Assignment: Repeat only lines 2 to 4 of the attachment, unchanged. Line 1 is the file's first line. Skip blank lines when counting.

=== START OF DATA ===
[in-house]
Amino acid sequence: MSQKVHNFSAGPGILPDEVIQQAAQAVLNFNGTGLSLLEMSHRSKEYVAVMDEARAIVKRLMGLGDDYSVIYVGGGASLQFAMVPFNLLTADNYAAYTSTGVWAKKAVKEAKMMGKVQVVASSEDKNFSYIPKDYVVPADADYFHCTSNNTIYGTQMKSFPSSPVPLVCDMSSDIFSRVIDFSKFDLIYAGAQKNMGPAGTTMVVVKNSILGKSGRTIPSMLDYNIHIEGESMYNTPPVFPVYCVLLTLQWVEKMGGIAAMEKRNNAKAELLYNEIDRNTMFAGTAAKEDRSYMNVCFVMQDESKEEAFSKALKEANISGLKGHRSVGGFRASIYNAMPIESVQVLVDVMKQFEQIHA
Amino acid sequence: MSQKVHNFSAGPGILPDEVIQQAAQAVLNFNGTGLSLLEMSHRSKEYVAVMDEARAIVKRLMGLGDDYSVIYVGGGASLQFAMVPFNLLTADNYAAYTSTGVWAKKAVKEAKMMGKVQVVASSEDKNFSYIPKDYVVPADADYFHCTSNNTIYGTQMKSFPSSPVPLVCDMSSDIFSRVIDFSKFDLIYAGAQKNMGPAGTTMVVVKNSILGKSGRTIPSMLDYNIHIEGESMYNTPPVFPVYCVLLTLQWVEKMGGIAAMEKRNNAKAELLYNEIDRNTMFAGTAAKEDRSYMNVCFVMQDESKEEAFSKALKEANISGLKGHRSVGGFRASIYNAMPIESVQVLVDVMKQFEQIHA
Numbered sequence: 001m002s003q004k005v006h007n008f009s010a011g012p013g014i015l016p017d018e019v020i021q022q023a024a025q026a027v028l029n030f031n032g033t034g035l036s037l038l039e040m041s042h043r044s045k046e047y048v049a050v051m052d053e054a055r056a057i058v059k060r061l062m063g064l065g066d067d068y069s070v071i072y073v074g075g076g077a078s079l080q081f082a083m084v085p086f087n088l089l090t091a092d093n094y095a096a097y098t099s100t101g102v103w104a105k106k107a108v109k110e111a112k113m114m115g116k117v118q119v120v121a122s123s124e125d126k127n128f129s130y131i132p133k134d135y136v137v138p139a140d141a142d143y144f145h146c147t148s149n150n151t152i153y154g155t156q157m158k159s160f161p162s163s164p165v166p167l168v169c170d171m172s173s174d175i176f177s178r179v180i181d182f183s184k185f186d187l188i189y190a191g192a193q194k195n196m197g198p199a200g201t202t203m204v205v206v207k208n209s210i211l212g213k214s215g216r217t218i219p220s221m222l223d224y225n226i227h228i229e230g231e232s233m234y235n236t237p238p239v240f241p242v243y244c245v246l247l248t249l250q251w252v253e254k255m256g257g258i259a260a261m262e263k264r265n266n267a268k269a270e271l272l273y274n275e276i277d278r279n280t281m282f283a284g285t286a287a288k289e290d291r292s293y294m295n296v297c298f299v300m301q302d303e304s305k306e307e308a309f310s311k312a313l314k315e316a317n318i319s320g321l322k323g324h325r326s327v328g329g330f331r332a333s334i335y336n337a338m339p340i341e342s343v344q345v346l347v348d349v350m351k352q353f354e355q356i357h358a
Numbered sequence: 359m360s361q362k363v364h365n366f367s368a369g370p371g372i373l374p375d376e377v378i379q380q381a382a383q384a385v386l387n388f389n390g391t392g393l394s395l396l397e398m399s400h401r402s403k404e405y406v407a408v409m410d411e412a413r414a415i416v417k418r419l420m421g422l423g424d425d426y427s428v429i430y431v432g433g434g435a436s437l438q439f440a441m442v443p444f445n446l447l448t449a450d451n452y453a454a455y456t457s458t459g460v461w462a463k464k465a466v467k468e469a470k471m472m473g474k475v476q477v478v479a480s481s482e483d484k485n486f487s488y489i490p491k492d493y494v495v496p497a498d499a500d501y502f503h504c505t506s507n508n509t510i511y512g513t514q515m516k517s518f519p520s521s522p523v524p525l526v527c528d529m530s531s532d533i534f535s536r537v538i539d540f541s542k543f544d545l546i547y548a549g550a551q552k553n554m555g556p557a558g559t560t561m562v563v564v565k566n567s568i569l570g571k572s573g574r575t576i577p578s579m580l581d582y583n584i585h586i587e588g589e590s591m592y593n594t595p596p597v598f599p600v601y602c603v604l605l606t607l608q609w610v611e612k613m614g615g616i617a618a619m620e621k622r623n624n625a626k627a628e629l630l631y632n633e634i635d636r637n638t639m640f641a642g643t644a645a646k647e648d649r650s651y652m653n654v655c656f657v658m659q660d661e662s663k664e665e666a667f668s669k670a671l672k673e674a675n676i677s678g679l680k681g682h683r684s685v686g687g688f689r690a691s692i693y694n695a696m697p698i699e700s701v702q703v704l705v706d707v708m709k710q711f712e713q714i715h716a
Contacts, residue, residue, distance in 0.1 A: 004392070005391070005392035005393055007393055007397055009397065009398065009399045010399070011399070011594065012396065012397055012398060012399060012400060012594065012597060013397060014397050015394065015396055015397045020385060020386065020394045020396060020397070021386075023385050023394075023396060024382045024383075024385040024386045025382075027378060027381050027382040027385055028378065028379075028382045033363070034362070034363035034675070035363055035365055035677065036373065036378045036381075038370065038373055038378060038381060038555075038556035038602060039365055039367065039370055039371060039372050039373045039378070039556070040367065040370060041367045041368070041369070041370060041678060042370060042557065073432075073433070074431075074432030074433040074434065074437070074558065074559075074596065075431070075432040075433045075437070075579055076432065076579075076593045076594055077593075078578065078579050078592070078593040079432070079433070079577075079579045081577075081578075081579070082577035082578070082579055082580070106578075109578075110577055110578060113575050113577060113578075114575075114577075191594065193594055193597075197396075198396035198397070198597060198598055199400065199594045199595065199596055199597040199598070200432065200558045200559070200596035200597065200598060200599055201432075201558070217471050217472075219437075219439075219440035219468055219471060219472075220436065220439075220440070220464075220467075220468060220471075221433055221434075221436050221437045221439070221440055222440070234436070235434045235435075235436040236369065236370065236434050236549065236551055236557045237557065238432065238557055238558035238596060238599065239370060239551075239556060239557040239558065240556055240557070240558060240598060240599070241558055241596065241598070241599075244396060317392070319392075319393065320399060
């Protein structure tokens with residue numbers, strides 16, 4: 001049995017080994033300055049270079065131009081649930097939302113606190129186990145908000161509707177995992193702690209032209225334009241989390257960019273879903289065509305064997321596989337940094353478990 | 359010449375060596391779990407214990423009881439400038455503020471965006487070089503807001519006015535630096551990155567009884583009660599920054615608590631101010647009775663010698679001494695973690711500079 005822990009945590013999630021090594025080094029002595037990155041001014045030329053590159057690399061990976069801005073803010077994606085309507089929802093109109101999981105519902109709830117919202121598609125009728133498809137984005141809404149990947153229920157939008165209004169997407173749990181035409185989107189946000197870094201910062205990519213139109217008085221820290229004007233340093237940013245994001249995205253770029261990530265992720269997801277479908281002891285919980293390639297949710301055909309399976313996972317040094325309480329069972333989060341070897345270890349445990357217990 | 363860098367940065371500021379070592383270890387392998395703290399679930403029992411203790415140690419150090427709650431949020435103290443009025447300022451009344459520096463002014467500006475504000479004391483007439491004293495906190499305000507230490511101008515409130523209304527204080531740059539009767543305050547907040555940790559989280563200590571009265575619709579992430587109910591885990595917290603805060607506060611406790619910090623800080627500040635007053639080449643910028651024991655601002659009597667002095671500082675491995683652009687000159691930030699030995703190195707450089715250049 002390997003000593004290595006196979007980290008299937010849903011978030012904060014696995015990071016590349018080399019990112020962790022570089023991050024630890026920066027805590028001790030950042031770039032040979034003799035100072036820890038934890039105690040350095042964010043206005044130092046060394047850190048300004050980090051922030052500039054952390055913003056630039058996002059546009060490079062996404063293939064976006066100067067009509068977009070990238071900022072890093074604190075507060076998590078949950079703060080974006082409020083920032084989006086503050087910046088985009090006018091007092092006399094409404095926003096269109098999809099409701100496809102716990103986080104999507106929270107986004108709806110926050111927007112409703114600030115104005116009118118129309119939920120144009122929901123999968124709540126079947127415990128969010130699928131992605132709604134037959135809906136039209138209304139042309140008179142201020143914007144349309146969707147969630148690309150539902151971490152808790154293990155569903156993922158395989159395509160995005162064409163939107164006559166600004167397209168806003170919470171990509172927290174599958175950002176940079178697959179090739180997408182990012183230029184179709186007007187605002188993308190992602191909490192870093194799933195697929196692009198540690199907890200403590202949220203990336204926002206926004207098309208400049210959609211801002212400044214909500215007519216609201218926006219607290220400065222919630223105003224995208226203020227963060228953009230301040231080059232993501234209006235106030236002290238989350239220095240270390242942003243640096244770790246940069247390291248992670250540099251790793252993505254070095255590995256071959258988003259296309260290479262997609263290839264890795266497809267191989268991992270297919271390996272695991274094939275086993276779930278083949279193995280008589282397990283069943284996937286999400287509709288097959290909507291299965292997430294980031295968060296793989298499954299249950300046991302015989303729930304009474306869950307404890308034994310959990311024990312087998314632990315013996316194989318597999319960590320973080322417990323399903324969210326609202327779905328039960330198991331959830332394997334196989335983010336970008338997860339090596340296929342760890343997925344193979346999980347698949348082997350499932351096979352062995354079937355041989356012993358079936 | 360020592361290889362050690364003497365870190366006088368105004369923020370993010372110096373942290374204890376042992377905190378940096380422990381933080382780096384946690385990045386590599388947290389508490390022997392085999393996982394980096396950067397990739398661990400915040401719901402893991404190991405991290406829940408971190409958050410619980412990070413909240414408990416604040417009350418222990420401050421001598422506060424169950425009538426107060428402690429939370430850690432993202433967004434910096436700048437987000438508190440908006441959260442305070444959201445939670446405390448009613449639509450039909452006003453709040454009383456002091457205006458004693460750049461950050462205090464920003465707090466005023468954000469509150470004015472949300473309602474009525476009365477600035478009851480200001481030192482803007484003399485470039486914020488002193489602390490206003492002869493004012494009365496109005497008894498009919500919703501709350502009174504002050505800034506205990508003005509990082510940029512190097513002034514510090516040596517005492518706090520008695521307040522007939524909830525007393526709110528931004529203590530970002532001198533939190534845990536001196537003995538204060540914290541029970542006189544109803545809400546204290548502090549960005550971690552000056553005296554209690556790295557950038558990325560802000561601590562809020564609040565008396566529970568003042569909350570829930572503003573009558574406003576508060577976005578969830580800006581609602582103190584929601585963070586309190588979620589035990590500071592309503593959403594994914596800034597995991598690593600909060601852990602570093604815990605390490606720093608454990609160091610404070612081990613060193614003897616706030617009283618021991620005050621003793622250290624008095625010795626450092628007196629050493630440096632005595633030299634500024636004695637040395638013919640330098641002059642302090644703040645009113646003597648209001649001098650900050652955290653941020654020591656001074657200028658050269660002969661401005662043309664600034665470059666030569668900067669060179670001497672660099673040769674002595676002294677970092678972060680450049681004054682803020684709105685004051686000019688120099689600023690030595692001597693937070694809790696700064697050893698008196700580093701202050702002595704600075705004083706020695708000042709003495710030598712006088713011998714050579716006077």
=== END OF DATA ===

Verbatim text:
Amino acid sequence: MSQKVHNFSAGPGILPDEVIQQAAQAVLNFNGTGLSLLEMSHRSKEYVAVMDEARAIVKRLMGLGDDYSVIYVGGGASLQFAMVPFNLLTADNYAAYTSTGVWAKKAVKEAKMMGKVQVVASSEDKNFSYIPKDYVVPADADYFHCTSNNTIYGTQMKSFPSSPVPLVCDMSSDIFSRVIDFSKFDLIYAGAQKNMGPAGTTMVVVKNSILGKSGRTIPSMLDYNIHIEGESMYNTPPVFPVYCVLLTLQWVEKMGGIAAMEKRNNAKAELLYNEIDRNTMFAGTAAKEDRSYMNVCFVMQDESKEEAFSKALKEANISGLKGHRSVGGFRASIYNAMPIESVQVLVDVMKQFEQIHA
Amino acid sequence: MSQKVHNFSAGPGILPDEVIQQAAQAVLNFNGTGLSLLEMSHRSKEYVAVMDEARAIVKRLMGLGDDYSVIYVGGGASLQFAMVPFNLLTADNYAAYTSTGVWAKKAVKEAKMMGKVQVVASSEDKNFSYIPKDYVVPADADYFHCTSNNTIYGTQMKSFPSSPVPLVCDMSSDIFSRVIDFSKFDLIYAGAQKNMGPAGTTMVVVKNSILGKSGRTIPSMLDYNIHIEGESMYNTPPVFPVYCVLLTLQWVEKMGGIAAMEKRNNAKAELLYNEIDRNTMFAGTAAKEDRSYMNVCFVMQDESKEEAFSKALKEANISGLKGHRSVGGFRASIYNAMPIESVQVLVDVMKQFEQIHA
Numbered sequence: 001m002s003q004k005v006h007n008f009s010a011g012p013g014i015l016p017d018e019v020i021q022q023a024a025q026a027v028l029n030f031n032g033t034g035l036s037l038l039e040m041s042h043r044s045k046e047y048v049a050v051m052d053e054a055r056a057i058v059k060r061l062m063g064l065g066d067d068y069s070v071i072y073v074g075g076g077a078s079l080q081f082a083m084v085p086f087n088l089l090t091a092d093n094y095a096a097y098t099s100t101g102v103w104a105k106k107a108v109k110e111a112k113m114m115g116k117v118q119v120v121a122s123s124e125d126k127n128f129s130y131i132p133k134d135y136v137v138p139a140d141a142d143y144f145h146c147t148s149n150n151t152i153y154g155t156q157m158k159s160f161p162s163s164p165v166p167l168v169c170d171m172s173s174d175i176f177s178r179v180i181d182f183s184k185f186d187l188i189y190a191g192a193q194k195n196m197g198p199a200g201t202t203m204v205v206v207k208n209s210i211l212g213k214s215g216r217t218i219p220s221m222l223d224y225n226i227h228i229e230g231e232s233m234y235n236t237p238p239v240f241p242v243y244c245v246l247l248t249l250q251w252v253e254k255m256g257g258i259a260a261m262e263k264r265n266n267a268k269a270e271l272l273y274n275e276i277d278r279n280t281m282f283a284g285t286a287a288k289e290d291r292s293y294m295n296v297c298f299v300m301q302d303e304s305k306e307e308a309f310s311k312a313l314k315e316a317n318i319s320g321l322k323g324h325r326s327v328g329g330f331r332a333s334i335y336n337a338m339p340i341e342s343v344q345v346l347v348d349v350m351k352q353f354e355q356i357h358a